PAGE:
FBI has 'grave concerns' about 'omissions' in surveillance memo

The FBI said Wednesday that the bureau has “grave concerns” about the classified memo that purportedly reveals government surveillance abuses, but White House Chief of Staff John Kelly says it is going public, anyway.

“With regard to the House Intelligence Committee’s memorandum, the FBI was provided a limited opportunity to review this memo the day before the committee voted to release it,” the FBI said in a statement. “As expressed during our initial review, we have grave concerns about material omissions of fact that fundamentally impact the memo’s accuracy.”

But earlier Tuesday, Kelly told Fox News in an exclusive interview the classified memo will be made public soon. Kelly said White House national security aides have been reviewing the memo.

“It'll be released here pretty quick I think and the whole world can see it,” he said.

The bureau’s claim that the memo involves “omissions of fact” came a day after a source told Fox News that two senior FBI officials reviewed the memo and “could not point to any factual inaccuracies” in the memo itself.

FBI Director Christopher Wray speaks during the FBI National Academy graduation ceremony, Friday, Dec. 15, 2017, in Quantico, Va. (AP Photo/Evan Vucci)

FBI Director Christopher Wray viewed the memo on Sunday  (Copyright 2017 The Associated Press. All rights reserved.)


The two officials – one from the bureau’s counterintelligence division and the other from the legal division – followed up after an initial review of the memo during a rare Sunday trip to Capitol Hill by FBI Director Christopher Wray. 

One senior U.S. official told Fox News, though, that Wray "expressed concern about the accuracy of the memo" and told others in the meeting the memo "gives an inaccurate impression of the bureau's work on this matter." 

House Intelligence Committee Chairman Devin Nunes reacted to the bureau’s written statement by saying: “Having stonewalled Congress’ demands for information for nearly a year, it’s no surprise to see the FBI and DOJ issue spurious objections to allowing the American people to see information related to surveillance abuses at these agencies.”

White House Chief of Staff John Kelly takes questions from the media while addressing the daily briefing at the White House in Washington, U.S., October 12, 2017. REUTERS/Kevin Lamarque - HP1EDAC1F1Q8V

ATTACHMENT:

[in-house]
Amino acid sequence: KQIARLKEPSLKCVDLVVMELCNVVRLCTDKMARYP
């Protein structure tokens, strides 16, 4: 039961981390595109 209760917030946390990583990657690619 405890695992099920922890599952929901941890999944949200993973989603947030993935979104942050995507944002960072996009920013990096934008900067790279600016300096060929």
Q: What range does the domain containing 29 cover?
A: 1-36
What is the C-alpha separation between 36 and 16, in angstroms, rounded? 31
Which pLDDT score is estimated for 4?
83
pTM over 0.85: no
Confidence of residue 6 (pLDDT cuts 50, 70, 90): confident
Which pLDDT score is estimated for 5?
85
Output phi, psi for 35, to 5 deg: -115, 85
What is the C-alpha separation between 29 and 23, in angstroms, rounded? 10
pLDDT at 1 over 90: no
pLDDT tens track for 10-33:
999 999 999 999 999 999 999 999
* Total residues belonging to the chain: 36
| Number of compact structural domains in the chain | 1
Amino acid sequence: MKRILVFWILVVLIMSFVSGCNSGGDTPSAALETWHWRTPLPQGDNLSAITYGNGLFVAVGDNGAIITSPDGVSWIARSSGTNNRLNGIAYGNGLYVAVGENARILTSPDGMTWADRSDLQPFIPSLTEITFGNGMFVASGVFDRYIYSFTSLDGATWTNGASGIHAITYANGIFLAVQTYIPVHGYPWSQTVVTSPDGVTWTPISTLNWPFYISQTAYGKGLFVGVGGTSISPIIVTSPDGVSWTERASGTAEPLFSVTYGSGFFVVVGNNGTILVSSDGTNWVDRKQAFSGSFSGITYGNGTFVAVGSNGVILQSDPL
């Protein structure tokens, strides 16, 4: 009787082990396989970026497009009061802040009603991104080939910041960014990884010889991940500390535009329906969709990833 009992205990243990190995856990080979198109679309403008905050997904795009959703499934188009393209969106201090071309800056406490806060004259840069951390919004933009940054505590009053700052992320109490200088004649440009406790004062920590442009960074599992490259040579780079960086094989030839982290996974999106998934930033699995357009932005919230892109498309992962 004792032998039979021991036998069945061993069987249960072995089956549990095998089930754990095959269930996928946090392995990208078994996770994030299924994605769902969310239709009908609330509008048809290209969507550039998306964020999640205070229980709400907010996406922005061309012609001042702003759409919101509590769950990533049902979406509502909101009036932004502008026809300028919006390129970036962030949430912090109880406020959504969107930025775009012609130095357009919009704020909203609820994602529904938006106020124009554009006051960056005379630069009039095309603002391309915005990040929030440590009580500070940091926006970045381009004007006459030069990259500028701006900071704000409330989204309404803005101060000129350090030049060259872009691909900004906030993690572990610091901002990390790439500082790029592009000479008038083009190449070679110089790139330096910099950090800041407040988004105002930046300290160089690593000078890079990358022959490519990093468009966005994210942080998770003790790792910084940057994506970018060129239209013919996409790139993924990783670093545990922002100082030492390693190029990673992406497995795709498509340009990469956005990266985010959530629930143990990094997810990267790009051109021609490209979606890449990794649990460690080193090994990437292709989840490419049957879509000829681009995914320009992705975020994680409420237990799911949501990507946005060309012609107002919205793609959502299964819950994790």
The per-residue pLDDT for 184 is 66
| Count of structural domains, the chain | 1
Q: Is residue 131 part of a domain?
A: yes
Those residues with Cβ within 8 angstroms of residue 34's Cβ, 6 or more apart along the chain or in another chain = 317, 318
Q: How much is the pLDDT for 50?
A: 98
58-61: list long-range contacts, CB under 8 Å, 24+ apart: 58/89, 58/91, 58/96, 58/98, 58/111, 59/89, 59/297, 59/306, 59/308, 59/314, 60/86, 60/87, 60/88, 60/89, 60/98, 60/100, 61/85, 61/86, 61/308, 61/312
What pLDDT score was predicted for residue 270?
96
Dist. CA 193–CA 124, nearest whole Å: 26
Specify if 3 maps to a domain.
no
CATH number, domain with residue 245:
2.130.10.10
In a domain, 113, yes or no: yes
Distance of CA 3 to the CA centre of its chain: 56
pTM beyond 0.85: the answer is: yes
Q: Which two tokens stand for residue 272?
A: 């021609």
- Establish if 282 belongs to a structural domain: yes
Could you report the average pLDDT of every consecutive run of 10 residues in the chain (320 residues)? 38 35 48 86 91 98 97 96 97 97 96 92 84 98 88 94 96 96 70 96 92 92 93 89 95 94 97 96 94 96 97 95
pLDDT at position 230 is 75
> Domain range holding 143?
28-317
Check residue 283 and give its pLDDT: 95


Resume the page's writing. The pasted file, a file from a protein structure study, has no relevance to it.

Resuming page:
White House Chief of Staff John Kelly says the memo will be released

“The FBI is intimately familiar with ‘material omissions’ with respect to their presentations to both Congress and the courts, and they are welcome to make public, to the greatest extent possible, all the information they have on these abuses,” the California Republican said. “Regardless, it’s clear that top officials used unverified information in a court document to fuel a counter-intelligence investigation during an American political campaign.”

“Once the truth gets out, we can begin taking steps to ensure our intelligence agencies and courts are never misused like this again,” he added.  

On Tuesday night, President Trump was overheard telling a GOP lawmaker at the State of the Union that he’s “100 percent” behind releasing the memo.

The House Intelligence Committee on Monday evening voted to release it, but Trump is able to object to the release. Lawmakers have said the memo details abuses involving FISA, or the Foreign Intelligence Surveillance Act. A source close to the matter said the memo details the Intelligence Committee’s oversight work for the FBI and Justice Department, including the controversy over unmasking and FISA surveillance. 


“The FBI takes seriously its obligations to the FISA Court and its compliance with procedures overseen by career professionals in the Department of Justice and the FBI,” the bureau said in its statement. “We are committed to working with the appropriate oversight entities to ensure the continuing integrity of the FISA process.”

Fox News’ Jake Gibson and Catherine Herridge contributed to this report.

Alex Pappas is a politics reporter at FoxNews.com. Follow him on Twitter at @AlexPappas.